Financial Accounting Final

*generally accepted accounting principles (GAAP)* – Generally accepted guidelines for the preparation of financial statements.
trademark – gives the exclusive right from the US government to use a symbol or name
List Temporary accounts – Fees Income, drawing, advertising expense, all expense account
Retired – But back of bonds from investors
Endowment – A fund usually in the form of an income-generating investment, established to provide long-term support (such as faculty/research positions).
Adjusting entry for prepaid expense – Results increase (a debit) to an expense account and a decrease (a credit) to an asset account
round lot – an amount of stocks that is the usual trading number
Consequences of a poor turnover – If inventory turnover is slower than it should be the business is wasting/tying up cash on storage and insurance costs and s also likely to be finding it more difficult to meet current debts as inventory is not turning into cash fast enough. There is a greater risk that inventory will deteriorate/become out of date making it even harder to sell
Double-entry accounting – Recording of debit and credit parts in a journal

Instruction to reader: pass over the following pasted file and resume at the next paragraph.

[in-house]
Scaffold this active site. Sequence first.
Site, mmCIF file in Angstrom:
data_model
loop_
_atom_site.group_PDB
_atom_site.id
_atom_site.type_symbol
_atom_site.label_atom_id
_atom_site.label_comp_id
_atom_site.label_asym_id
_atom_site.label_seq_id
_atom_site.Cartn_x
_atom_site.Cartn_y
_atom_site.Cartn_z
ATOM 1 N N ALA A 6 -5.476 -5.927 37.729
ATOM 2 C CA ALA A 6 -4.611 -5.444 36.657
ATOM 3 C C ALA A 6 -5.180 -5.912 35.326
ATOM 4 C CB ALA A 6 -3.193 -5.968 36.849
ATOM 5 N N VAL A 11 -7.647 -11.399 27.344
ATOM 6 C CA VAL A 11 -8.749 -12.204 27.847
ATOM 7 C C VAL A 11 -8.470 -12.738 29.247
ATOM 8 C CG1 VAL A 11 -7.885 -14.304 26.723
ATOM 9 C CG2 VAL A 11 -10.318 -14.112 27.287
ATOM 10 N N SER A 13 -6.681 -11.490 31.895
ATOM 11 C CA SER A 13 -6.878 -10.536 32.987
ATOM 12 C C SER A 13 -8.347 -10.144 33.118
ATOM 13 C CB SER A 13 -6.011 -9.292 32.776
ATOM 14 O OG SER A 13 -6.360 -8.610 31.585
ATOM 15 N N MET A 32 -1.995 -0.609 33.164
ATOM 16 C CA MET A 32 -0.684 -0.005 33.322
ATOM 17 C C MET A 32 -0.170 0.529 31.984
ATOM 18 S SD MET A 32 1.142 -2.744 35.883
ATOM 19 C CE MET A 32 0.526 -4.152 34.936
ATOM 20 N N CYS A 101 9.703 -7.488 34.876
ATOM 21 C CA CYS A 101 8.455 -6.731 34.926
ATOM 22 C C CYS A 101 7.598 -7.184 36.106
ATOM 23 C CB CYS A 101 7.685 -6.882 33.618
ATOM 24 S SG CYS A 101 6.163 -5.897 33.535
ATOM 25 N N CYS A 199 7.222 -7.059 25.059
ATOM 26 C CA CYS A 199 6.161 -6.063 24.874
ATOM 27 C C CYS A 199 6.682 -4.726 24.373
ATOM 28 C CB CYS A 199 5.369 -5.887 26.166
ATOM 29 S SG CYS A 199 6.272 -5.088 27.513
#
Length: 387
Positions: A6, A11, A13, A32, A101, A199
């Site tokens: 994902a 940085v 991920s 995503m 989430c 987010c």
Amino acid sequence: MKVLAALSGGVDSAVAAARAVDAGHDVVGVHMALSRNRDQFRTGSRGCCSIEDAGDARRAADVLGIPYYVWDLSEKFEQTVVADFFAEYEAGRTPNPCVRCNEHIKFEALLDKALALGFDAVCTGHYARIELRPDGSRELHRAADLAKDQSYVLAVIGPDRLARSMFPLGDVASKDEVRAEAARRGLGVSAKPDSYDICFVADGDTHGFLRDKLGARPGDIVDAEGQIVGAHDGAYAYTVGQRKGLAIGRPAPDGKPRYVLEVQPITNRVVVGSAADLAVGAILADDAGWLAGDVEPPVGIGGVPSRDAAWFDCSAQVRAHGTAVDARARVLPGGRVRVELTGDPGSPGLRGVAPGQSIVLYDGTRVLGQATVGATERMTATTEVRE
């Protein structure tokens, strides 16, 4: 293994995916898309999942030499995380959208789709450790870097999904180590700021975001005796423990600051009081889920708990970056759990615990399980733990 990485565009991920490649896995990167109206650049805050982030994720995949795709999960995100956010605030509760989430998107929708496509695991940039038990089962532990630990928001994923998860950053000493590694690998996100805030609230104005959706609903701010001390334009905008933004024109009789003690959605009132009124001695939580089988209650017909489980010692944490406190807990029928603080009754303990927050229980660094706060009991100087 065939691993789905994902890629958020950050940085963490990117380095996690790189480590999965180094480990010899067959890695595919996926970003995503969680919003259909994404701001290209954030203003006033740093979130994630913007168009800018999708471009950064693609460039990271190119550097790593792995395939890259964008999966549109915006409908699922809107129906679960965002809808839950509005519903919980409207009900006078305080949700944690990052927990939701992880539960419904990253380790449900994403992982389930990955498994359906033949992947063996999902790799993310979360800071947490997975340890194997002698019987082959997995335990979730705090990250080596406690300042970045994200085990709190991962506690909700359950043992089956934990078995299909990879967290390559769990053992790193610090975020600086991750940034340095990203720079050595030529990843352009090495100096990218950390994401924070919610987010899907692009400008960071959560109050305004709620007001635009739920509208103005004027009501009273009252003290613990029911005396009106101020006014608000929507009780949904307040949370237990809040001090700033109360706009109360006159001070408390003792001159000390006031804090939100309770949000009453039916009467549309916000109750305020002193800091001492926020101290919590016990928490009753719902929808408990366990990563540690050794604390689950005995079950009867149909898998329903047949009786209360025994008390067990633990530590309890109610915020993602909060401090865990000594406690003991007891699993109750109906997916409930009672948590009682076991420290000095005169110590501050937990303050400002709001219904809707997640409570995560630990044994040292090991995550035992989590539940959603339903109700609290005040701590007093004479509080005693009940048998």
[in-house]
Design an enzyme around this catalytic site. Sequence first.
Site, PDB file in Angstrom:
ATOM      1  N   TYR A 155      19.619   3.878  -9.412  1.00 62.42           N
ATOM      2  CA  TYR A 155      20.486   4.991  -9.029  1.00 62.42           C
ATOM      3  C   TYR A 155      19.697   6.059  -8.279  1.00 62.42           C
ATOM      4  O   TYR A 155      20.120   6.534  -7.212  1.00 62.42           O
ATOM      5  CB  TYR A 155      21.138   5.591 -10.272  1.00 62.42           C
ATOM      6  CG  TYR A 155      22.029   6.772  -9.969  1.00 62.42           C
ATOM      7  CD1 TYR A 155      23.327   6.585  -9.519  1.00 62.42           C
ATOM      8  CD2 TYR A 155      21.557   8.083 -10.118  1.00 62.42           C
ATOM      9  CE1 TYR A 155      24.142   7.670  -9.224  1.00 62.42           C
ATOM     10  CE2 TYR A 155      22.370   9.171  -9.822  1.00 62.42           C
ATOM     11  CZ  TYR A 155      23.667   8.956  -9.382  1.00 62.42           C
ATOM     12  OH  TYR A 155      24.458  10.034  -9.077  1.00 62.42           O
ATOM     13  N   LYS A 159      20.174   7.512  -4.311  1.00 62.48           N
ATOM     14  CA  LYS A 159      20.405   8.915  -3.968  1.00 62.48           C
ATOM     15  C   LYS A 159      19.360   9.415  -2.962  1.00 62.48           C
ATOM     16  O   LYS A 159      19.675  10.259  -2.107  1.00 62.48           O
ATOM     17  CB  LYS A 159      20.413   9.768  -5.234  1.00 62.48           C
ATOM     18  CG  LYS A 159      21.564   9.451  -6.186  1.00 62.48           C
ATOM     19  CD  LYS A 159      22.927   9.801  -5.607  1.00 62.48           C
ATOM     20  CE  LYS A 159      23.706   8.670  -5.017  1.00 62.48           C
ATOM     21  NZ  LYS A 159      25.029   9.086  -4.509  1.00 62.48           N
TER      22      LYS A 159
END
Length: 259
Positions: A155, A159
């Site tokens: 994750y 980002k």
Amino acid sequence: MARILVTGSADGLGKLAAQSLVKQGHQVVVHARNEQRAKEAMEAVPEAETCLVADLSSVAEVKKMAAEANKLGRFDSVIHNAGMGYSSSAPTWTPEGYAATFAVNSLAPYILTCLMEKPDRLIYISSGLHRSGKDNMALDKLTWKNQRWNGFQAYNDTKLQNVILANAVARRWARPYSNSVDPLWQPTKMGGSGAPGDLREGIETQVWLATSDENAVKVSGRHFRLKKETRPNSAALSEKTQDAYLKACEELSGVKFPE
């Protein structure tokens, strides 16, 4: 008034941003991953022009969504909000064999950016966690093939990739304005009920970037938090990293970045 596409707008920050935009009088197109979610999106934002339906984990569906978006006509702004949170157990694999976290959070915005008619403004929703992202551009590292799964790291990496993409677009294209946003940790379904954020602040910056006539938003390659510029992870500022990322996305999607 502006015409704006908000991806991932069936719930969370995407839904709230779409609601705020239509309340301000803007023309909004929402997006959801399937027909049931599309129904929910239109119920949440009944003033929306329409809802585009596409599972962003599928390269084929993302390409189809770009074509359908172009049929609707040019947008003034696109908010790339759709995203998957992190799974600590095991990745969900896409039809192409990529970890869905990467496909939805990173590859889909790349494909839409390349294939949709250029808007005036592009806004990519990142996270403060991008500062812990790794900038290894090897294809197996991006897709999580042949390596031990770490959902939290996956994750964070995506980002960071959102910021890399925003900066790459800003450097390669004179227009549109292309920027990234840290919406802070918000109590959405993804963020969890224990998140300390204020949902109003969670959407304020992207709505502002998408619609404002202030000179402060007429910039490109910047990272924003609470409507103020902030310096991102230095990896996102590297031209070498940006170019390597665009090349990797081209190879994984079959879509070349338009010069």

The ____ vulnerability exploits an unchecked buffer in Internet Explorer processing HTML elements such as FRAME and IFRAME elements.
Cost of Merchandise Sold – Normal Balance: Debit
Type of Account: Expense
Financial Statement: IS
Order of asset section – current > long-term > plant > intangible
bank statement – bank statement: a report of deposits, withdrawals, and bank balances sent to a depositor by a bank
*unit of measure concept* – A concept of accounting requiring that economic data be recorded in dollars.
ENTERPRISE RISK MANAGEMENT – A PROCESS USED BY A COMPANY TO PROACTIVELY IDENTIFY AND MANAGE THOSE RISKS THAT ARE INHERENT IN EVERY BUSINESS DECISION OR STRATEGY
Equity – The difference between assets and liabilities.
The ____ vulnerаbility explоits аn unchecked buffer in Internet Explоrer prоcessing HTML elements such аs FRAME and IFRAME elements.
Cost Constraint (cost-benefit relationship) – An accounting constraint that requires that the costs of providing financial information be weighed against the benefits that can be derived from using it.

The constraint applies to informational requirements established by standard-setting bodies and governmental agencies as well as to companies reporting financial information. Pg.63

This entry was posted in Uncategorized. Bookmark the permalink.

Leave a Reply